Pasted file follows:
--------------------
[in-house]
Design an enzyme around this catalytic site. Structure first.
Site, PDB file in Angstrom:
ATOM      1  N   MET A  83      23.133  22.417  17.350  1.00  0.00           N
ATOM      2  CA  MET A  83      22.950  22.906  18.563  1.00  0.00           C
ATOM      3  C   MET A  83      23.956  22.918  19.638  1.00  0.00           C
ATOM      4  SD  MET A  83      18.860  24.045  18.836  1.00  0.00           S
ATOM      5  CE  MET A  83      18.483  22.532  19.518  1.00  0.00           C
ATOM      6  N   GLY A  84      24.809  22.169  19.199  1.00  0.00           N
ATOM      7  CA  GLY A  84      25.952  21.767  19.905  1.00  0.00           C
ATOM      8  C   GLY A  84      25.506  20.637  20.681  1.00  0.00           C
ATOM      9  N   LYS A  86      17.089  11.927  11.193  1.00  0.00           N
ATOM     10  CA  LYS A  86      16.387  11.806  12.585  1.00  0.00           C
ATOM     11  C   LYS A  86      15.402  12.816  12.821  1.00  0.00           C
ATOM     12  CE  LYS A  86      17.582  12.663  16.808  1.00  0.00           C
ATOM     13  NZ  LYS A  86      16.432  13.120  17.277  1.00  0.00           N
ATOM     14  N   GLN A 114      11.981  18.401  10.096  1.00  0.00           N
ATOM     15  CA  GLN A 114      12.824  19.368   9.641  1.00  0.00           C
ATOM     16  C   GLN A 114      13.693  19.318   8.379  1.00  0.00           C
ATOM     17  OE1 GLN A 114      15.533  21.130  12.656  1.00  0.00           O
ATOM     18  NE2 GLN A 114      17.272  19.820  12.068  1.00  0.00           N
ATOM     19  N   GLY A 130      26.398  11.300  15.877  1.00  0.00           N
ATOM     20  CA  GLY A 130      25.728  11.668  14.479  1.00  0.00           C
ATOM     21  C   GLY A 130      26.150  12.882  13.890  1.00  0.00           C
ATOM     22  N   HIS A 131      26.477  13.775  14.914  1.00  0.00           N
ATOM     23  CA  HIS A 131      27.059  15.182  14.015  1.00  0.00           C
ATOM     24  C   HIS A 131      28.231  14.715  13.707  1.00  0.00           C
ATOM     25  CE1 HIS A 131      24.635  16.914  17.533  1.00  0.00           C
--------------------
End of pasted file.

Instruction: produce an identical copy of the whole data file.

[in-house]
Design an enzyme around this catalytic site. Structure first.
Site, PDB file in Angstrom:
ATOM      1  N   MET A  83      23.133  22.417  17.350  1.00  0.00           N
ATOM      2  CA  MET A  83      22.950  22.906  18.563  1.00  0.00           C
ATOM      3  C   MET A  83      23.956  22.918  19.638  1.00  0.00           C
ATOM      4  SD  MET A  83      18.860  24.045  18.836  1.00  0.00           S
ATOM      5  CE  MET A  83      18.483  22.532  19.518  1.00  0.00           C
ATOM      6  N   GLY A  84      24.809  22.169  19.199  1.00  0.00           N
ATOM      7  CA  GLY A  84      25.952  21.767  19.905  1.00  0.00           C
ATOM      8  C   GLY A  84      25.506  20.637  20.681  1.00  0.00           C
ATOM      9  N   LYS A  86      17.089  11.927  11.193  1.00  0.00           N
ATOM     10  CA  LYS A  86      16.387  11.806  12.585  1.00  0.00           C
ATOM     11  C   LYS A  86      15.402  12.816  12.821  1.00  0.00           C
ATOM     12  CE  LYS A  86      17.582  12.663  16.808  1.00  0.00           C
ATOM     13  NZ  LYS A  86      16.432  13.120  17.277  1.00  0.00           N
ATOM     14  N   GLN A 114      11.981  18.401  10.096  1.00  0.00           N
ATOM     15  CA  GLN A 114      12.824  19.368   9.641  1.00  0.00           C
ATOM     16  C   GLN A 114      13.693  19.318   8.379  1.00  0.00           C
ATOM     17  OE1 GLN A 114      15.533  21.130  12.656  1.00  0.00           O
ATOM     18  NE2 GLN A 114      17.272  19.820  12.068  1.00  0.00           N
ATOM     19  N   GLY A 130      26.398  11.300  15.877  1.00  0.00           N
ATOM     20  CA  GLY A 130      25.728  11.668  14.479  1.00  0.00           C
ATOM     21  C   GLY A 130      26.150  12.882  13.890  1.00  0.00           C
ATOM     22  N   HIS A 131      26.477  13.775  14.914  1.00  0.00           N
ATOM     23  CA  HIS A 131      27.059  15.182  14.015  1.00  0.00           C
ATOM     24  C   HIS A 131      28.231  14.715  13.707  1.00  0.00           C
ATOM     25  CE1 HIS A 131      24.635  16.914  17.533  1.00  0.00           C